Remember the big kerfuffle in 1992 when Mattel released a Teen Talk Barbie that said “Math is hard, let’s go shopping”? (Actually, if you look it up, you’ll find some references that quote it that way, and others that quote it as “Math class is tough. Want to go shopping? Okay, meet me at the mall.”) The reason for the kerfuffle was of course the not-so-subtle subtext suggesting that teenage girls can’t do math — because it’s too hard for them — so they should go shopping instead.
So, yesterday I stopped at the Trader Joe’s in Cambridge on the way home, and I happened to get a chatty cashier. She asked me what I do for a living, and I told her I’m a high-school math teacher. Needless to say, I expected to hear the familiar reply: “I never was any good at math.” Sure enough, that’s pretty much what she said. (Actually, it was a bit more complicated. She told me that she did well in geometry but never understood algebra. Except for geometry she did poorly in both high-school and college math because she could never deal with formulas. But now she’s an artist… well, you don’t want to know the whole story, but the key line is that she finally realized that math and art are actually a lot more alike than she had ever guessed, since “math and art are both about patterns and relationships.” Yes!)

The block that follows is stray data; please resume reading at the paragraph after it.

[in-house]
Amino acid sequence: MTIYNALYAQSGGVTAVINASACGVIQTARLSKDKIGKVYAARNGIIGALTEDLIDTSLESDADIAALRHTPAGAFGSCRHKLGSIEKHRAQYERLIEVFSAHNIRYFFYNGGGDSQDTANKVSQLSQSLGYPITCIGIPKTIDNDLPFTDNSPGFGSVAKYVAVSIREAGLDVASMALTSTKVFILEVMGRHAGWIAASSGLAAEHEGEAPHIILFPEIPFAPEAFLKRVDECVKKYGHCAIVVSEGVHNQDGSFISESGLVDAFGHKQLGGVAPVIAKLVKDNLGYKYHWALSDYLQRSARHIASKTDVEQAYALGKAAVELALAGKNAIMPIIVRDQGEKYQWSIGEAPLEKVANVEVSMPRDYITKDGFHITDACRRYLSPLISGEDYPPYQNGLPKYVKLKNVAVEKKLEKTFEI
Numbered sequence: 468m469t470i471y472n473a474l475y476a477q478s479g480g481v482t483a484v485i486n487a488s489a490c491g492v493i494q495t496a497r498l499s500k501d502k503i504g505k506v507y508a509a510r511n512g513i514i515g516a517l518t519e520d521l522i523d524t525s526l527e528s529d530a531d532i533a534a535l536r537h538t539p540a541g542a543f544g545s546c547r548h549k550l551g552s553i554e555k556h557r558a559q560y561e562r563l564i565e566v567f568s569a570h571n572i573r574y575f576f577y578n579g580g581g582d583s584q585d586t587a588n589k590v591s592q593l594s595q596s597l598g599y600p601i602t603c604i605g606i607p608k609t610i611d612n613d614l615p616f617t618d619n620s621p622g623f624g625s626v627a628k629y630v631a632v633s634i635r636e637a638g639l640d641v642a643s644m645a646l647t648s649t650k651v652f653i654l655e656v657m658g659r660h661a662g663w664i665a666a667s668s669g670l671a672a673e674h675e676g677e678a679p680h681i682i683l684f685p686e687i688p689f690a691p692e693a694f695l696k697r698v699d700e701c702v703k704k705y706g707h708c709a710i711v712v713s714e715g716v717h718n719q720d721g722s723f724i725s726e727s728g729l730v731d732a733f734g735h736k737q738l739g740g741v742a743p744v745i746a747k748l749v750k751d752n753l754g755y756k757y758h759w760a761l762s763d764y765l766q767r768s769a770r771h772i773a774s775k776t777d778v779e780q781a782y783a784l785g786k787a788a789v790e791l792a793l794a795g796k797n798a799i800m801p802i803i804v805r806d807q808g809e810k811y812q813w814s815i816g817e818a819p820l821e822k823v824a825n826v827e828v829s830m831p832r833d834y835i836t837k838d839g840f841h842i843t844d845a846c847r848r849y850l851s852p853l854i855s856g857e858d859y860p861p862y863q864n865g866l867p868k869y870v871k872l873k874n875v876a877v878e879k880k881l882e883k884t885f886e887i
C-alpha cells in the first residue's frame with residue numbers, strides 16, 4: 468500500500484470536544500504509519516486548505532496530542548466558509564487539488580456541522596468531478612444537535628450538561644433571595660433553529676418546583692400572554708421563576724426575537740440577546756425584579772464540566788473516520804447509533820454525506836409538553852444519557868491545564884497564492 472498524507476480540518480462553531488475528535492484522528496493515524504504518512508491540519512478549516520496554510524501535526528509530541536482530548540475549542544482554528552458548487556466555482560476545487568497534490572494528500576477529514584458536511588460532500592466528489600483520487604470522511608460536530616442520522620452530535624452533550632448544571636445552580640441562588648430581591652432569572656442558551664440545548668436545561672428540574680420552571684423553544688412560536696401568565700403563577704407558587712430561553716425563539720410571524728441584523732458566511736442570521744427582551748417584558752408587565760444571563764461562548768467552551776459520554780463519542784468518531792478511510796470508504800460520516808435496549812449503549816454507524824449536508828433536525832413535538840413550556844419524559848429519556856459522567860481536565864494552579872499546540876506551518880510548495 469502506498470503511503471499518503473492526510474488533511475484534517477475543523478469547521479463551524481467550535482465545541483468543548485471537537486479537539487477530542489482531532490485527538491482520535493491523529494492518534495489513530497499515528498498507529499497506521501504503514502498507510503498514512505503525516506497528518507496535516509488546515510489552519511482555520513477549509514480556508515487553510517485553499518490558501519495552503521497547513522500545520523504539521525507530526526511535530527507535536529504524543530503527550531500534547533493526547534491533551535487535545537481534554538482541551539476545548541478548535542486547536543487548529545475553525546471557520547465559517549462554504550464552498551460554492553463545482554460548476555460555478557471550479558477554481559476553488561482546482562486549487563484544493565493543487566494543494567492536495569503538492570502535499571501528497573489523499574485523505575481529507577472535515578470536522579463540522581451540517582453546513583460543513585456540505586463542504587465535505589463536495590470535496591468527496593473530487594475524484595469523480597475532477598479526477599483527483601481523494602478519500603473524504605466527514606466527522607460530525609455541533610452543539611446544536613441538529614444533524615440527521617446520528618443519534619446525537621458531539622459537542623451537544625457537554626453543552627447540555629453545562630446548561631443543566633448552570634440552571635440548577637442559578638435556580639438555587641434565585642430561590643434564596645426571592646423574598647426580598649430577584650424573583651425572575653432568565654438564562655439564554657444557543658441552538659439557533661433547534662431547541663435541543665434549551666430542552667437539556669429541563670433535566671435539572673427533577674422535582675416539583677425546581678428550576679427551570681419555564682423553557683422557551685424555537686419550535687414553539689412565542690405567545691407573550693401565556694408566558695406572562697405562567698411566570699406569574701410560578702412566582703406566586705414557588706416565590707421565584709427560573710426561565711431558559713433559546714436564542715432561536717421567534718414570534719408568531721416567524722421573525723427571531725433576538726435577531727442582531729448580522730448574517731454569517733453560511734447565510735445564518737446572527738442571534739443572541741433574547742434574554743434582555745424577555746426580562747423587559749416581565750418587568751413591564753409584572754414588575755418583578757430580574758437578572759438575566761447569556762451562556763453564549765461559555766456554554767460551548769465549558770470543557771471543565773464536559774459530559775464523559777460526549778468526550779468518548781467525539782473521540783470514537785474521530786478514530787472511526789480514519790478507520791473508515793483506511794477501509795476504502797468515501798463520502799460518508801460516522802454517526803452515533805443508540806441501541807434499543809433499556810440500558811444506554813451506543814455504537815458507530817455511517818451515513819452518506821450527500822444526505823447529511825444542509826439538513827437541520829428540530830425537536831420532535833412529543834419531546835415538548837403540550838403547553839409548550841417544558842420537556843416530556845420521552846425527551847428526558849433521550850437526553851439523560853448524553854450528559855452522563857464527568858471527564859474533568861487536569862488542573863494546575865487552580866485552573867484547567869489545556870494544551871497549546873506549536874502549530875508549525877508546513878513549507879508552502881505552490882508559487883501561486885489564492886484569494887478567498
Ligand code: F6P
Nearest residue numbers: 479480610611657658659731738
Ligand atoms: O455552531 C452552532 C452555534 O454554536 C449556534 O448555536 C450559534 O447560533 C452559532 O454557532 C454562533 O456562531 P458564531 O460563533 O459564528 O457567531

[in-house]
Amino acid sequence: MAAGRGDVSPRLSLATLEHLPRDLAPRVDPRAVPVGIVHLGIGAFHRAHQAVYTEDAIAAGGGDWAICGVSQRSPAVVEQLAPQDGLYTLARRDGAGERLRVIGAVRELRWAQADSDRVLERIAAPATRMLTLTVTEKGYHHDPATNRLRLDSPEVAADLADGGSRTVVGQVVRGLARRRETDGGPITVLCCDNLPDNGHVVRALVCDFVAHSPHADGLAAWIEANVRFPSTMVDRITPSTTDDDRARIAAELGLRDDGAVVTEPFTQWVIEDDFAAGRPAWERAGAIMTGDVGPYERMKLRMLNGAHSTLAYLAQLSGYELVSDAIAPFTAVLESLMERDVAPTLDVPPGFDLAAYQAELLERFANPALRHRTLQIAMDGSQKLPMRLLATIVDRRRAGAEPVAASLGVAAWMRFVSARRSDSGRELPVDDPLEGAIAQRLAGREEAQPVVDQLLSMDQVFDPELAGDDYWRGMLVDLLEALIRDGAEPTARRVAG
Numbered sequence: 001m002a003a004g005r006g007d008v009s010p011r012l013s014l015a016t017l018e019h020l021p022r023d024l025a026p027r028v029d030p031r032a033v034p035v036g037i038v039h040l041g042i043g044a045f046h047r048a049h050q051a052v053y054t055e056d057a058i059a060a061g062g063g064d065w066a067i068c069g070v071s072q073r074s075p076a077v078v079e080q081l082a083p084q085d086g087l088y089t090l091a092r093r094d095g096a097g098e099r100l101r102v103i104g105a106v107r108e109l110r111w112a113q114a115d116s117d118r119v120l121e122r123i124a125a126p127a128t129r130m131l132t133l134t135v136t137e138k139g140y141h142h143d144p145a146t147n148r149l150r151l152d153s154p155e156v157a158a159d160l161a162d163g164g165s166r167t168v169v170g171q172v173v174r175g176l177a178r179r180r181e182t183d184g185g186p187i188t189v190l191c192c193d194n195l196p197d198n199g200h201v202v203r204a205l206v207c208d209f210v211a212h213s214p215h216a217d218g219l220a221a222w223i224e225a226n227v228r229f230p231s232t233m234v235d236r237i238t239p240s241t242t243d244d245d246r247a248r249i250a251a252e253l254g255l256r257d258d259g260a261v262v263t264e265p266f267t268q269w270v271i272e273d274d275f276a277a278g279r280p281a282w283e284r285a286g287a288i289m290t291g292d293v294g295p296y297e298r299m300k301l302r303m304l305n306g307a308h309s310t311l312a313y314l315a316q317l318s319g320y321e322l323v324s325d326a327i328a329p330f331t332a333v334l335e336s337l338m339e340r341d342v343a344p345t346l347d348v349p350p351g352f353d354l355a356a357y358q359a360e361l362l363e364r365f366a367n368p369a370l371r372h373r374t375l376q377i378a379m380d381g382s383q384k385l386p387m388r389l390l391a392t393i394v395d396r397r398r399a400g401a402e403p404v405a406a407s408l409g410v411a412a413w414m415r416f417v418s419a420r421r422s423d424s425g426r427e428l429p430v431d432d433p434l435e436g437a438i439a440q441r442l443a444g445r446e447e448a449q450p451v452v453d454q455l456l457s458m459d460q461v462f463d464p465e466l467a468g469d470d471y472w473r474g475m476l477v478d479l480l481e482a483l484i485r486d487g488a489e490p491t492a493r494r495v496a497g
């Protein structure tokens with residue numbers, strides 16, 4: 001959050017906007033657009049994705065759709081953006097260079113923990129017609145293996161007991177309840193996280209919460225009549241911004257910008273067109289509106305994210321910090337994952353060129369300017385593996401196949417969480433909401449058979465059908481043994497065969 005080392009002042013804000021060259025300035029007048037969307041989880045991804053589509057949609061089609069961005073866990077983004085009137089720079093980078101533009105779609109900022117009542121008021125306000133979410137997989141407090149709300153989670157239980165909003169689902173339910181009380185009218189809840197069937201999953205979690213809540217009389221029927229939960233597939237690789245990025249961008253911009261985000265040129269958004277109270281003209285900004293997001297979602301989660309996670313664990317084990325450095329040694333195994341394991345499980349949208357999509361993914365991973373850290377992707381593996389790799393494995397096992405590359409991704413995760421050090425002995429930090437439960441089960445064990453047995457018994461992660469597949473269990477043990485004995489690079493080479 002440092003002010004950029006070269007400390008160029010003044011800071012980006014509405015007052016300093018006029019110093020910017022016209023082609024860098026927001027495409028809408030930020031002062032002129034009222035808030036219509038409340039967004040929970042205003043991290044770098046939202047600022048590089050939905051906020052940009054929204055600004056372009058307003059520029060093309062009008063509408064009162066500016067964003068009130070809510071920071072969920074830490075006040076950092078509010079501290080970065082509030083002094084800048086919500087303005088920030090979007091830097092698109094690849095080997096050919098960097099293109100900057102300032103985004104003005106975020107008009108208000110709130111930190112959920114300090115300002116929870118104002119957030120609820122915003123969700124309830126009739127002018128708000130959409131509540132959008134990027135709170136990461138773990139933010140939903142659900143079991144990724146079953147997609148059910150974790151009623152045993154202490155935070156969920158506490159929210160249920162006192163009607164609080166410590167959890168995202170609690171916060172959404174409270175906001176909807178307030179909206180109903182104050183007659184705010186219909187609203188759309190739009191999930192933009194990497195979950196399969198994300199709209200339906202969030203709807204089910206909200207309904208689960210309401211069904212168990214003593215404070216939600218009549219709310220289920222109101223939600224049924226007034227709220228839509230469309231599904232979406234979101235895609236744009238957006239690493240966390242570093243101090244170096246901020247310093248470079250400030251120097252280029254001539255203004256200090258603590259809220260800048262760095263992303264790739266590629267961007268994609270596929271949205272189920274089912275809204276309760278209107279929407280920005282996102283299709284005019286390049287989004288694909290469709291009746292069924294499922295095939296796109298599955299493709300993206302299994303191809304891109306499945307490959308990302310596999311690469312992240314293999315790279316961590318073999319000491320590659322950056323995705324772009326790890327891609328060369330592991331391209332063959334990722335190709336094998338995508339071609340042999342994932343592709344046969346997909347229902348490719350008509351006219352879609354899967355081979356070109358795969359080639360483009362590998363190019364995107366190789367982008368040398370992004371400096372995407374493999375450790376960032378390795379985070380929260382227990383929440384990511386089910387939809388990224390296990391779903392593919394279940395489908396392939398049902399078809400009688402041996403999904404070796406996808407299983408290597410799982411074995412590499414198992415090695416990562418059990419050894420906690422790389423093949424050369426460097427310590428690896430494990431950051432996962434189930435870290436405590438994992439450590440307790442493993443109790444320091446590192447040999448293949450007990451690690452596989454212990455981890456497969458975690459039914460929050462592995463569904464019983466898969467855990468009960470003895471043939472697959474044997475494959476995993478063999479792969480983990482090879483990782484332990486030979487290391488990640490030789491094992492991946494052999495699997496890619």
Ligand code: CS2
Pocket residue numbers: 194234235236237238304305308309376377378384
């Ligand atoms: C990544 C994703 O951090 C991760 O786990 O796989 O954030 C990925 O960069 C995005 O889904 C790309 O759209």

And then this afternoon I got a phone call from my dental hygienist who told me that we needed to change my appointment because she has to take four weeks off to study for retaking her dental school admission exams, since she failed the math portion. “I never was any good at math.” Sigh. As Jerry P. King put it, “There will come a time when mathematical ignorance, like public smoking, will become socially unacceptable.” But for now for some reason it’s acceptable to admit inability to do math but not inability to read.
P.S.: Speaking of Trader Joe’s, there are 16 Trader Joe’s in Masssachusetts, so why isn’t there one in Dorchester? The demographics are right. Pass the word to the Trader Joe’s management!